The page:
Birds of North Carolina:
their Distribution and Abundance
Swainson's Thrush - Catharus ustulatus
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General Comments The Swainson's Thrush is another thrush that nests across the boreal forest zone of Canada, south into the Rockies and part-way down the Appalachian chain. Interestingly, despite "global warming", the range in the Appalachians has slowly been moving southward, such that a few singing males (and hopefully females) are now present in several spruce-fir forests in North Carolina. However, despite the likelihood that it currently nests, no conclusive evidence has yet been found. Interestingly, the Hermit Thrush also occupies essentially all of the spruce-fir stands where the Swainson's occurs, and the Veery occurs with them or at least occurs just below them in elevation. How these similar thrushes partition the micro-habitats within the spruce-fir zone is an unanswered question. Across the rest of the state, this is an uncommon to at times fairly common migrant (slightly more numerous than Veery, and definitely more numerous than Gray-cheeked and Bicknell's). Like them, it occurs mainly in mature hardwood forests, with a moderately dense understory and shrub zone. There are a number of winter reports, but only one seems to be corroborated by photographs (but no specimens); few if any have been studied by experienced birders, and reports between early Dec and 15 Apr are likely not valid.
Breeding Status Breeder
NC BRC List Definitive
State Status SR
U.S. Status
State Rank S1B
Global Rank G5
Coastal Plain Transient. In spring, uncommon in the western portion, but rare in the central and eastern portions. In fall, generally uncommon throughout. Mainly early to mid-May and mid-Sep to mid-Oct. One was quite late at Theodore Roosevelt Natural Area (Carteret) on 24 Nov 2018. Perhaps the only "winter" record seems to be one at Airlie Gardens (New Hanover) on 6 Dec 2020. Peak counts:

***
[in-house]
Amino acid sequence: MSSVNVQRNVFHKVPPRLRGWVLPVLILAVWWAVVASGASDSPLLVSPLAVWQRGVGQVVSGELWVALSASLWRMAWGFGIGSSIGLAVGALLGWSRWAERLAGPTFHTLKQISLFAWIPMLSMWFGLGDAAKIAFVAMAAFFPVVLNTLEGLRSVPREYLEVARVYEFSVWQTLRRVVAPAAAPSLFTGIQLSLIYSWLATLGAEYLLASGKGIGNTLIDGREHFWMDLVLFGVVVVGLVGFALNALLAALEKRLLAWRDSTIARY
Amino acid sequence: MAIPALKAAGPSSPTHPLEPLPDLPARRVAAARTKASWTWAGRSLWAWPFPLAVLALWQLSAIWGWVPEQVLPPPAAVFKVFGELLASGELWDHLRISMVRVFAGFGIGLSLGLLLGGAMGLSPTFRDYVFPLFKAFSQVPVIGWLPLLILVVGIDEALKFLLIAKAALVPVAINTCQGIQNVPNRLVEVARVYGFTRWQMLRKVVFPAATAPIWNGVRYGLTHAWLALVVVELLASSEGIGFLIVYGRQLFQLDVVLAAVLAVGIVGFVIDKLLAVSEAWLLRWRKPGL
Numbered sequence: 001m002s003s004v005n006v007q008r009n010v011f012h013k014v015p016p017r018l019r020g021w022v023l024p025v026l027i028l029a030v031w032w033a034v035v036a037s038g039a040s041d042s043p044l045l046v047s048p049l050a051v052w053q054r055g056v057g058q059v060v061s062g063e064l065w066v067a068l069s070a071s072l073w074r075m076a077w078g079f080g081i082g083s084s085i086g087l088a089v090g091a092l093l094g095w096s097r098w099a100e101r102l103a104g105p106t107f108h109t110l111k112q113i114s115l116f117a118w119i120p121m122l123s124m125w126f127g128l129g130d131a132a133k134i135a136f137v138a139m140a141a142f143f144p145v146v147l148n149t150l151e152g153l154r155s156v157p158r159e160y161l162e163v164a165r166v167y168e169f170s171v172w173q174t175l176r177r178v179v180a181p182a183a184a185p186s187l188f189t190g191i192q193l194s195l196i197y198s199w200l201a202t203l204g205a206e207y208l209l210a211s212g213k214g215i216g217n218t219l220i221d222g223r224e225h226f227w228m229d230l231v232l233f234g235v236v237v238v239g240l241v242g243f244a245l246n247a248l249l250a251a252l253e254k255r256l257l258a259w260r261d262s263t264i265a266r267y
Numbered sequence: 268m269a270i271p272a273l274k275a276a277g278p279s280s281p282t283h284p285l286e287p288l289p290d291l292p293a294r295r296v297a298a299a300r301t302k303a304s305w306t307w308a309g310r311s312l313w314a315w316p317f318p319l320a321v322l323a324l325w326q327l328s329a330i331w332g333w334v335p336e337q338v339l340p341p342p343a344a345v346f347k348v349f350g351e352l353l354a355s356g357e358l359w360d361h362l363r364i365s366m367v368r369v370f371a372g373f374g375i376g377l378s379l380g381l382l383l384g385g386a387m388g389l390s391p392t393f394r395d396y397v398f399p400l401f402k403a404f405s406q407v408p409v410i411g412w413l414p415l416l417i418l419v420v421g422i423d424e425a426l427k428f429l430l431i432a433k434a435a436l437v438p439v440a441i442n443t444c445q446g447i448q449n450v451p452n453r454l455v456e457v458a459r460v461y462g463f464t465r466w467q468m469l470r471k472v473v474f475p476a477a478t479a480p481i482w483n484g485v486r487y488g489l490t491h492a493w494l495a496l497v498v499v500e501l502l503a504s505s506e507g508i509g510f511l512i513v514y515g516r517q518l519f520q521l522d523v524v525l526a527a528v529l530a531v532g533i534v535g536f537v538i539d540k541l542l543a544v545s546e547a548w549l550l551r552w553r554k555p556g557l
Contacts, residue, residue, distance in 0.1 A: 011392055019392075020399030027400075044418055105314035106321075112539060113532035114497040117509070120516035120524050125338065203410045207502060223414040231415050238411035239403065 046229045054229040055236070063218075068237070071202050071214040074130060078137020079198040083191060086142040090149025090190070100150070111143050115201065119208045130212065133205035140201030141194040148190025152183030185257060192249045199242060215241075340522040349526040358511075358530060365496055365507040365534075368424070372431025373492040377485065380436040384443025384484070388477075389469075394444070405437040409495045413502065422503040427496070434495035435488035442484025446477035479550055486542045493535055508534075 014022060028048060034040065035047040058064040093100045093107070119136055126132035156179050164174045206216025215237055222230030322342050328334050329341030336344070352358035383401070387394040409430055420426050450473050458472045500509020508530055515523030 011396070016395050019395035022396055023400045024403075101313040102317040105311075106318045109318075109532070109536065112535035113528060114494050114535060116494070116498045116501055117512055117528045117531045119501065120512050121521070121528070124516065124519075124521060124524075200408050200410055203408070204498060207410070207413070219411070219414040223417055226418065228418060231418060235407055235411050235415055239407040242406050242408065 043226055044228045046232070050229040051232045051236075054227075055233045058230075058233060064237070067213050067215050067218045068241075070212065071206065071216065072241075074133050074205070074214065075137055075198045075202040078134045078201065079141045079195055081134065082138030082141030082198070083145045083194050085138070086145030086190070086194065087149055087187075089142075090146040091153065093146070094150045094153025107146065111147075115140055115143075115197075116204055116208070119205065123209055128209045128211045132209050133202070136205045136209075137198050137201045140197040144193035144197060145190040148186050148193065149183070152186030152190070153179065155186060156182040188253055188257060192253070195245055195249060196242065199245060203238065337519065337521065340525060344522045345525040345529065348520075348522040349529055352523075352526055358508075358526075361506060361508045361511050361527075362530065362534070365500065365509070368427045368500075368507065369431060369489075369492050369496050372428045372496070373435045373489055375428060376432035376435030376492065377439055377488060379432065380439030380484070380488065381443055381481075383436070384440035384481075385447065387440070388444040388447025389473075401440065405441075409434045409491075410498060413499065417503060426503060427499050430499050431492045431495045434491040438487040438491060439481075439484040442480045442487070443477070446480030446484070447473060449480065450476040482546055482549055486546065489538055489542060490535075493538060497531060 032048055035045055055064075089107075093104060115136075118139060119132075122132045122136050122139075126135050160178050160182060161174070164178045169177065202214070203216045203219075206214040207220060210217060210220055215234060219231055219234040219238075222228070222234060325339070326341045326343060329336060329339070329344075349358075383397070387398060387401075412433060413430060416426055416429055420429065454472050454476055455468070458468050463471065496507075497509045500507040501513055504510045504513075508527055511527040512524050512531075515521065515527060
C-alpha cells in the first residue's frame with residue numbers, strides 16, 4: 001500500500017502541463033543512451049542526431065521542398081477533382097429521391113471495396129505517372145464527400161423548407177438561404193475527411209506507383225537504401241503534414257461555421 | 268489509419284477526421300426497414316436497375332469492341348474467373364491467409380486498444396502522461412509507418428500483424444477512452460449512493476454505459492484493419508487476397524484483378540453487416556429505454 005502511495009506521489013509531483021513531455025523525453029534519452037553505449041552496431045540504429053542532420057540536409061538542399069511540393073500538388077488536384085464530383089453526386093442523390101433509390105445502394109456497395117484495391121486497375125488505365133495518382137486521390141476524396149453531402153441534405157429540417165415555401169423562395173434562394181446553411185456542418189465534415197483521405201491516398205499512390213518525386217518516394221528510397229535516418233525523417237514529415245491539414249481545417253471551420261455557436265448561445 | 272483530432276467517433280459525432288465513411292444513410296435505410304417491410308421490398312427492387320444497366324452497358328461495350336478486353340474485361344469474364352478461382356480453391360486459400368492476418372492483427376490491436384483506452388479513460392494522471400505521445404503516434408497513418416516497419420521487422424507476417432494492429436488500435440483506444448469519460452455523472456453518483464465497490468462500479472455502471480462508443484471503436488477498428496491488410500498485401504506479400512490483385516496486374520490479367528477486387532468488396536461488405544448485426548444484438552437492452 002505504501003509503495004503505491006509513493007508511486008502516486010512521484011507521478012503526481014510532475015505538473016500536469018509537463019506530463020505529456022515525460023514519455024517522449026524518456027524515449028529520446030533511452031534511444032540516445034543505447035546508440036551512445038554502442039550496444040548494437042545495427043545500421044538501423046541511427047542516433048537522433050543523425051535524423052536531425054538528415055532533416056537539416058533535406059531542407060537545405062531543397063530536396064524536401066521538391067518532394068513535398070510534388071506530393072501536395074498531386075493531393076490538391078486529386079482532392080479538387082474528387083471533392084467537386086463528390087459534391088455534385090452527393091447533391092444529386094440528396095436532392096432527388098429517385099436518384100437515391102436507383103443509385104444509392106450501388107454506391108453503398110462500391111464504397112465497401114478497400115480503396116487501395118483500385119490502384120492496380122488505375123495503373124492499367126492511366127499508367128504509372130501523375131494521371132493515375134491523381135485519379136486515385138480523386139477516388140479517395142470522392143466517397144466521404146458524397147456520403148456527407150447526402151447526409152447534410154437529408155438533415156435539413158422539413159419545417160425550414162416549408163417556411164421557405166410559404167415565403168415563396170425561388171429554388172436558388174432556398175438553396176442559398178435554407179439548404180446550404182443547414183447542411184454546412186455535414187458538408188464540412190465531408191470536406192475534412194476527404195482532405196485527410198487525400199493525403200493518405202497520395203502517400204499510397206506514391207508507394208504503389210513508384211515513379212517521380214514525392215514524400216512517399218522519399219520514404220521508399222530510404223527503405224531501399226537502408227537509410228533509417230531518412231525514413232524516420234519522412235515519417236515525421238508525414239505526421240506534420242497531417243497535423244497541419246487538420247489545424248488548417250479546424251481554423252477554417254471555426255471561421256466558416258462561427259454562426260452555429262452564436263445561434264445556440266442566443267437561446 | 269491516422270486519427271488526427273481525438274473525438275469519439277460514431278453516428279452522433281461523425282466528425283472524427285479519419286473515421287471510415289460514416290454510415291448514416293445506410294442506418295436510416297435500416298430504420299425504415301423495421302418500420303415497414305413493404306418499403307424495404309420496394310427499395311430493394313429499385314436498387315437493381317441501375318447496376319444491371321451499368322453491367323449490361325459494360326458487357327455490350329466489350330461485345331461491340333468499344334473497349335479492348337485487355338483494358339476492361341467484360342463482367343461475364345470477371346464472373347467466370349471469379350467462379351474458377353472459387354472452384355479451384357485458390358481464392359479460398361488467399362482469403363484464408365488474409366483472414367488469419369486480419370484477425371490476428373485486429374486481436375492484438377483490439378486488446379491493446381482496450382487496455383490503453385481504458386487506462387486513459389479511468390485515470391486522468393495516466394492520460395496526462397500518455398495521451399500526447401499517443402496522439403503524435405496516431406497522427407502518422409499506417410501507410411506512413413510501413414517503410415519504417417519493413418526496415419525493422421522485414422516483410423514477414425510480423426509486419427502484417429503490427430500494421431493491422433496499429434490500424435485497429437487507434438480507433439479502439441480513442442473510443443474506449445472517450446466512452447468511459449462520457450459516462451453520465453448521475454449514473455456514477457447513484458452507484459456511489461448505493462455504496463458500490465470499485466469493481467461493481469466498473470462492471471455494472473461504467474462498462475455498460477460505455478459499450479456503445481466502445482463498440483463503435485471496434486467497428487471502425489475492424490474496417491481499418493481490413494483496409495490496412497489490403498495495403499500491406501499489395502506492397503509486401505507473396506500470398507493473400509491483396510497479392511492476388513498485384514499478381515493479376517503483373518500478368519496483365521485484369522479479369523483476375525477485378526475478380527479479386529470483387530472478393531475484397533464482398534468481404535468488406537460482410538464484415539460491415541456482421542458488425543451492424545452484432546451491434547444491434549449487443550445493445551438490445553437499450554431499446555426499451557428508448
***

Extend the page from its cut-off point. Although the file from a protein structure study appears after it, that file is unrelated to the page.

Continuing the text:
Piedmont Transient. Uncommon to fairly common across the region, both in spring and fall; probably more numerous in fall, but as it does not sing in fall, it is easily overlooked. Mainly late Apr to late May, and mid-Sep to mid-Oct. One photographed at Cowans Ford refuge (Mecklenburg) on 25 Nov 2019 was extremely late, but a first in winter was one noted in Durham from 3-18 Dec 2020. Peak counts:
Mountains Summer resident, almost certainly breeding (both pre-1900 and after a lapse of over 100 years, post-2000) at a few sites; transient throughout. A few birds occur in the breeding season in the Black Mountains (Mount Mitchell and along the adjacent Blue Ridge Parkway), Roan Mountain area, and Grandfather Mountain. A nest was reported on Craggy Mountain (Buncombe) on 20 May 1896. Uncommon to fairly common in both spring and fall, but more numerous in fall; can be common to occasionally very common after cold fronts in fall, at higher elevations. Mainly early to late May, and mid-Sep to mid-Oct. One winter record, with photographs (on the Carolina Bird Club Photo Gallery) -- Beaver Lake (Buncombe) from 2-6 Jan 2019* [Chat 83:63 link]. Peak counts: in the breeding season, up to 6 singing males in the Black Mountains (Yancey) from 1 Jun - 17 Jul 2013.
Finding Tips Finding the species in migration is always "chancey", so you need to bird at parks or refuges in the first half of May, or from late Sep to mid-Oct. They are more vocal in spring, when males sing in migration. You might want to try stopping at overlooks on the Blue Ridge Parkway in Jun, in the vicinity of the road to Mount Mitchell SP. Birding along the Parkway in late Sep the day after a cold front can often produce a dozen or more birds.
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Attribution LeGrand[2023-03-28], LeGrand[2021-05-17], LeGrand[2020-08-02]
NC Map
Map depicts all counties with a report (transient or resident) for the species.
Click on county for list of all known species.
NC Breeding Season Map
Map depicts assumed breeding season abundance for the species.